A volume in the main confined to felonies or lesser offences in Elizabethan Essex compiled from Essex Session and Assize Records; a number of entries relating to Wivenhoe are cited.
Presentments [the act of presenting to an authority a formal statement of a matter to be dealt with] by the Petty Sessions or High Constables’ Juries, 1562-1568
Seven men from Wivenhoe and Stanway were presented for selling bread, beer and other victuals without licence, one of whom also ‘keeps unlawful games, viz. (bowling) alleys, cards and slidethrift (shove-ha’penny)’, 1568, p32.
In 1586, Edward Burges (sic) ‘minister of the Word of God of Wivenhoe parish church’ declared, ‘Let us also commend in our prayers my right reverend sister Elizabeth, by the grace of God of England, France and Ireland Queen, Defender of the Faith’. Asked what he meant, he replied that he was King Henry’s son and that she was his sister both by father and mother. Burges was vicar of Fingringhoe as well as rector of Wivenhoe from 1572 to his death in 1589, p54.
Libel and Slander
The Presentment of a Wivenhoe man took place in 1576 citing that he ‘is a common slanderer of his neighbours and bears himself evilly towards the constable’, for which he was fined 3s 4d – a typical though not frequent dual charge, p 66.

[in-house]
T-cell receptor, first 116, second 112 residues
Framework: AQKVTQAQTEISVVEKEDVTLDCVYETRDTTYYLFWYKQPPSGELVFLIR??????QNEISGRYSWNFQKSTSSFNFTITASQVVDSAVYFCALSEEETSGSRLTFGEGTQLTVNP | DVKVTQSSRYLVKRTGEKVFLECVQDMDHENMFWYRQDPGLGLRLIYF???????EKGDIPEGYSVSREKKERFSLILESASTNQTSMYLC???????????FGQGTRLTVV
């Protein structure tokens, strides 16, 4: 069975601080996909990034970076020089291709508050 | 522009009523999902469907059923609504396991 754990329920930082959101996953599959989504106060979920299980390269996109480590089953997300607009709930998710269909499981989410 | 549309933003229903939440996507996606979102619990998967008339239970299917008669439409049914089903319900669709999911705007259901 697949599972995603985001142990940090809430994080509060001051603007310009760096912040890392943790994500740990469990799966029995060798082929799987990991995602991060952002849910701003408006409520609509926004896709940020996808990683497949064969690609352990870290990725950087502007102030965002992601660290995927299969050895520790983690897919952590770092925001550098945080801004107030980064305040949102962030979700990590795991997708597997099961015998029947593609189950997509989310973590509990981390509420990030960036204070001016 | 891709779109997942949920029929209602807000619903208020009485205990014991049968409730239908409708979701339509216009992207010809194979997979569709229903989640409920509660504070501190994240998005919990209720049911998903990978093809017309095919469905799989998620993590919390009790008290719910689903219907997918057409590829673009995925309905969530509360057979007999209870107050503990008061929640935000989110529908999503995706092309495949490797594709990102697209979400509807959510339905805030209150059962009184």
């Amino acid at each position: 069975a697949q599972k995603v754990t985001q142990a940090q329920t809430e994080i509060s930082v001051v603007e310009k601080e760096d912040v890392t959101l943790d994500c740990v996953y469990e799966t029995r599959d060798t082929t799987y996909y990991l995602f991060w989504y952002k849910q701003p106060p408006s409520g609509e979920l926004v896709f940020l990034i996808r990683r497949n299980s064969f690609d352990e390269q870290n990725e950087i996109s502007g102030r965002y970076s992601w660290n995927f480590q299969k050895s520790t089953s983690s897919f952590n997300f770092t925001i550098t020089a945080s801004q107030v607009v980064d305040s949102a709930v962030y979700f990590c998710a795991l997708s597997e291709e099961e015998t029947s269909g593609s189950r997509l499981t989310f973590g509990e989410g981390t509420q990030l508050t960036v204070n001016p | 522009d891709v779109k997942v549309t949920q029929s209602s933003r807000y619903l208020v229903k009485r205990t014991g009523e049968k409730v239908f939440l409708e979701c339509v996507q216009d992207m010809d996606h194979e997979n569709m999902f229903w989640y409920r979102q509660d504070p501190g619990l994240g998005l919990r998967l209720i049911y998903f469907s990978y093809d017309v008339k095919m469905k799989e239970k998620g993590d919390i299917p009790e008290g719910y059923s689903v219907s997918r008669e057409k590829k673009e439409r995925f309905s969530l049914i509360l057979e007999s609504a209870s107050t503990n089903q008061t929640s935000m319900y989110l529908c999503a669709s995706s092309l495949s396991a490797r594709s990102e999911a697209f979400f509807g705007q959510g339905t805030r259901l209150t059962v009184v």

Alleged sorcery led to a fire on 10 March 1584. A barn (worth £30), a stable (£10), a cartload of hay (20s), a waggon with harness (£3), a saddle with harness (10s). and many unspecified domestic utensils (£5), all belonging to Edward Burgess, were burnt at Wivenhoe. The defendant was Edmund Mansell who is described as ‘of Fingringhoe yeoman alias of Feering, clerk’ (he was certainly not the incumbent of either). According to the indictment the outbreak was caused by Mansell exercising magic and incantation. The calendar of prisoners described him as ‘Edmund Mansell clerk – a witch’. At the same Assizes he was prosecuted for having used the same arts on Burgesse (sic) on 10 September 1581, causing him to languish for six months – the victim was the rector of Wivenhoe (1572-89), p98.
Murder and Homicide
Self defence as a factor of a homicide could result in a verdict of ‘manslaughter but not of malice aforethought’. Such a plea was certainly justified in the eyes of a coroner’s jury who met at Wivenhoe on 14 and 23 December 1566 to consider a violent incident there between two Wivenhoe men. One was ‘quietly going about his business’ near his house in the road called the ‘entry’, from the quay leading to Colchester. The other, intent on murder, ran up shouting ‘Whoremaster’ and attacking, The victim in self-defence, used his bill, killing the assailant instantly, p158.
Games and Sports: Shovegroat
In a Lexden petty sessions presentment of 1568, a Wivenhoe victualler maintained ‘unlawful games, to wit, alleys, cards and slidethrift’ [a predecessor of shoveha’penny], p 223.
Extracts by courtesy of Essex Record Office.